Reasons for judgment were released today by the BC Supreme Court, Cranbrook Registry demonstrating that a lengthy duration of injury does not always merit a significant award of non-pecuniary damages.
In today’s case (Salzmann v. Bohmer) the Plaintiff was injured in a BC Car Crash. The collision took place over 10 years before trial. While the time-frame from the accident to trial was unusually long, such delays are not unheard of when Infant Plaintiffs are involved in motor vehicle collisions. One reason for this is that in British Columbia limitation periods typically do not start running for infants in tort claims until their 19th birthday. Another reason is that doctors are more reluctant to give a prognosis with respect to injuries suffered in infants as opposed to adults. In any event, this case involved injuries of over 10 years duration by the time of trial.
Despite the duration of the Plaintiff’s Injuries, Mr. Justice Melnick found that they were not particularly severe or debilitating. He also found that she failed to take reasonable steps to reduce her symptoms and that with appropriate exercises there was room for considerable improvement. In assessing the Plaintiff’s non pecuniary damages at $35,000 Mr. Justice Melnick held as follows:
 Medical reports are often as interesting for how they are worded as for what opinions they express. In the case of the report of Dr. Apel, she indicated that she has examined Ms. Salzmann at the request of Ms. Salzmann’s counsel. Then, while responding to a specific question put to her by that same counsel (whether Ms. Salzmann’s symptoms will abate eventually) she carefully replied that “…it is unlikely those symptoms spontaneously will abate eventually” (emphasis added).
 The use of the word “spontaneously” coupled with her pointed remarks that Ms. Salzmann’s lack of conditioning and need for an exercise therapist or kinesiologist suggests to me that Ms. Salzmann’s symptoms likely will abate provided she becomes committed to an appropriate program of exercise (as opposed to passive treatments such as massage). Ms. Salzmann must take a significant role in her own recovery, something she has not done in the past (perhaps due to her being so young, perhaps due to not having been given adequate instruction or having been provided with the required sense of self-discipline). For this reason she bears some, but far from all, of the responsibility for her continued pain given that she was injured when only ten years of age.
 I have no doubt that Ms. Salzmann suffered musculoligamentous strain to her cervical spine as a result of the accident and that, in 2003, she still experienced residual tightness in her trapezius and pectoral muscles. I also accept that in 2008 she demonstrated a chronic regional myofascial pain syndrome as described by Dr. Apel. Whether, by that time, she could have avoided such a sequela to the injury she incurred in the accident is a good question. Things may have been different if she had followed an appropriate and properly directed regime of exercise after the accident. The reality is that she did not, and the symptoms she displayed apparently were not sufficiently alarming to anyone to insist that she do so, and she was not a complainer. With a few exceptions, Ms. Salzmann’s life carried on much as normal, as best as could be observed in a child who was in the process of development, growing and maturing.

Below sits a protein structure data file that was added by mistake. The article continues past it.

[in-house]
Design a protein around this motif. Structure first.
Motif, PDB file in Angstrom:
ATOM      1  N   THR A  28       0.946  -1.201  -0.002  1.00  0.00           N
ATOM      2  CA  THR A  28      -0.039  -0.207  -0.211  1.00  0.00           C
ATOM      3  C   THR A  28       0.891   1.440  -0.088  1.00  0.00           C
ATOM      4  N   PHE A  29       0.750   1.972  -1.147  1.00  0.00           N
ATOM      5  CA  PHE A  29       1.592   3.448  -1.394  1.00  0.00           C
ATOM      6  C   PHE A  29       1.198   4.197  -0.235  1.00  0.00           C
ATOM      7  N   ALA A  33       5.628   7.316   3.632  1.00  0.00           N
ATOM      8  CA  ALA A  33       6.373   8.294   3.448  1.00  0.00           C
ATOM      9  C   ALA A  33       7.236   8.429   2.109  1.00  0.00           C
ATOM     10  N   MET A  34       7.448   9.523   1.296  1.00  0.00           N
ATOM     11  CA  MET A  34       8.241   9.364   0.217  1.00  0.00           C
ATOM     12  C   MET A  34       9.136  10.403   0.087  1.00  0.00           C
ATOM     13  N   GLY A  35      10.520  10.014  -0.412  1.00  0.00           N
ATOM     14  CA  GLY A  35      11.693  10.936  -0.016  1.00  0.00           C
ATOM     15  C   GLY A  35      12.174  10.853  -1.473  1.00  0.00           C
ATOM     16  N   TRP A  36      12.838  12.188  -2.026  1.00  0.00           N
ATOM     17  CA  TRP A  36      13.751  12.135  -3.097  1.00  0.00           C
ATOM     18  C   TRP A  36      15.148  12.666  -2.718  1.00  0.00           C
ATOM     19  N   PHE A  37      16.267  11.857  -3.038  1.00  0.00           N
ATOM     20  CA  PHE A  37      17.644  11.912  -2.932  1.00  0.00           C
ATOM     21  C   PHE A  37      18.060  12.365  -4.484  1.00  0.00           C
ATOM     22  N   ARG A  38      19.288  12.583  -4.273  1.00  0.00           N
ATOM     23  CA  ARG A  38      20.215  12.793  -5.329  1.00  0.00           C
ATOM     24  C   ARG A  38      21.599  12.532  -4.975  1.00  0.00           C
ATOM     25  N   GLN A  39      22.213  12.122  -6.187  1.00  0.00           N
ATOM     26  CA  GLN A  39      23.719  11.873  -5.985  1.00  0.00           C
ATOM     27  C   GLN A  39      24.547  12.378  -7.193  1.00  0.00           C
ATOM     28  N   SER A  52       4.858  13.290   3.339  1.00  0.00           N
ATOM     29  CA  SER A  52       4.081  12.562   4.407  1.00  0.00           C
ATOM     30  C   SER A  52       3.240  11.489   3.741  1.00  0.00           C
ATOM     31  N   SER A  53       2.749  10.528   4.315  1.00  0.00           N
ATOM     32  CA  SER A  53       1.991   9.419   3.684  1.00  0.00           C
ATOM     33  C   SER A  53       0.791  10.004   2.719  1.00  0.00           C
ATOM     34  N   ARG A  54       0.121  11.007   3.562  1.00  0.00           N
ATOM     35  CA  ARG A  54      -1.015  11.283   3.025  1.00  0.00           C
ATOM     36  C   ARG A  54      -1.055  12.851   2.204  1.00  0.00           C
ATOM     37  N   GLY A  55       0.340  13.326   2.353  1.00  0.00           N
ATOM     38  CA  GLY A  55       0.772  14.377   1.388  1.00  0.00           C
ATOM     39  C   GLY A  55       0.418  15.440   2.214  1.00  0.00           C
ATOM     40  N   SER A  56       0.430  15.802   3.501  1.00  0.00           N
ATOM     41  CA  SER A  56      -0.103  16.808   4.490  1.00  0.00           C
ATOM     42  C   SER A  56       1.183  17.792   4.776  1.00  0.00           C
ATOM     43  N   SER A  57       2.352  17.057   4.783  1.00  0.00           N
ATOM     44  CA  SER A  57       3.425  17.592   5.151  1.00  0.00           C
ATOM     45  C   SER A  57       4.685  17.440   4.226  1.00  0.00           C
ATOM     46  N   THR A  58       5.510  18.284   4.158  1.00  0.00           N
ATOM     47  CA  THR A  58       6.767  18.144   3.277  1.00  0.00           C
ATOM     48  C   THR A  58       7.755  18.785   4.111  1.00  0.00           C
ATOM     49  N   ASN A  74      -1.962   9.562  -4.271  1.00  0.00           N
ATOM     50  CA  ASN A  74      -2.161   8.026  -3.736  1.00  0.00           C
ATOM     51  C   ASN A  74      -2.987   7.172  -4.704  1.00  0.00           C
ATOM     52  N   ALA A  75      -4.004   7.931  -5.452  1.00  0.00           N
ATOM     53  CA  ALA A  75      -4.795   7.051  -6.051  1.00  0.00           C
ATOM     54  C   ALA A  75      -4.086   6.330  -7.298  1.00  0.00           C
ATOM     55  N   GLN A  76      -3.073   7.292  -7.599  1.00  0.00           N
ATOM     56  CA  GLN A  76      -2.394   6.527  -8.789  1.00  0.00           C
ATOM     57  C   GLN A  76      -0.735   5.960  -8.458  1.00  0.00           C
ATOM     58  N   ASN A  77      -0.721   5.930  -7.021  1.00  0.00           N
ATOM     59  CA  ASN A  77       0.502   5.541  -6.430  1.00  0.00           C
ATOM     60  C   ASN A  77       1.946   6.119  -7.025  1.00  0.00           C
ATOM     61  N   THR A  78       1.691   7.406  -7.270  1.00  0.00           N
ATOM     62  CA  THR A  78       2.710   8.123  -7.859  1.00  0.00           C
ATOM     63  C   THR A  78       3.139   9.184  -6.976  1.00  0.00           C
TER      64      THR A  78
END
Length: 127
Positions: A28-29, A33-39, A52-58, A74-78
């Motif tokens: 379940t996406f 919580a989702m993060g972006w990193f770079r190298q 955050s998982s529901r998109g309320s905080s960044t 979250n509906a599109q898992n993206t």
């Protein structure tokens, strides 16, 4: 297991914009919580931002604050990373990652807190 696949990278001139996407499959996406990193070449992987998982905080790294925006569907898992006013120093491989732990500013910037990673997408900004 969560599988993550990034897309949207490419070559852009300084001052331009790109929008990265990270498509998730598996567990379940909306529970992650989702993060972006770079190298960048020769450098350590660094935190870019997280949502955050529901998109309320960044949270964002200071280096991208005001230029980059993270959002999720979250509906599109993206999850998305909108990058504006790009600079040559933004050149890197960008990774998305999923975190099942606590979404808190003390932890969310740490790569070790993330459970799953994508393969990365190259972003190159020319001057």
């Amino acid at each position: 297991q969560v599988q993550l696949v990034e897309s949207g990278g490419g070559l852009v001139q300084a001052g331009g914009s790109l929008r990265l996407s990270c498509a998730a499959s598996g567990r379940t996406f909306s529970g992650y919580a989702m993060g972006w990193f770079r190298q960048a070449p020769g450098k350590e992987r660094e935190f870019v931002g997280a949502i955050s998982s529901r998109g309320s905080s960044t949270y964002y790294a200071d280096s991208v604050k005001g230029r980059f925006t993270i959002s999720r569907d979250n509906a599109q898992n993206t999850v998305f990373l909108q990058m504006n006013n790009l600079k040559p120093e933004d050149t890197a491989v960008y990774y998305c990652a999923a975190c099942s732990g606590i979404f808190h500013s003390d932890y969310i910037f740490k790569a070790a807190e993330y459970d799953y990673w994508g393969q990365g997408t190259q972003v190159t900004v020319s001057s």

Today, she still suffers from the injury she received in the accident. But the message from her own doctor is loud and clear: she can do something about it.
 I have no evidence upon which I can estimate the cost of an exercise therapist or kinesiologist. Dr. Apel gave no indication of the length of time Ms. Salzmann should be supervised. However, the non-pecuniary damages I will award her will recognize that her road to the eventual abatement of her symptoms will probably require her to not just be self-motivated, but have the assistance of a professional for advice for a period of time to set her on the right track. That said, I note that no defendant should be required to pay for anyone’s lack of interest in pursuing his or her own recovery. Ultimately we all bear a responsibility to do what we can to attain and maintain good health. In the legal realm, this constitutes mitigation, and a plaintiff bears a legal duty to mitigate.
 With all of the above in mind, I assess Ms. Salzmann’s non-pecuniary damages at $35,000. I agree with Ms. Salzmann’s counsel that the decision of Madam Justice Humphreys in Sinnott v. Boggs, 2006 BCSC 768, is the most relevant authority provided to me with respect to non-pecuniary damages. Those provided by counsel for the defendant deal largely with milder forms of injury with less chronic consequences.
 From the amount of $35,000 I deduct 20% for Ms. Salzmann’s failure to mitigate by not pursuing the appropriate conditioning and exercise programs despite the fact that they were laid out for her as early as 2000. Thus, the net award of non-pecuniary damages is $28,000.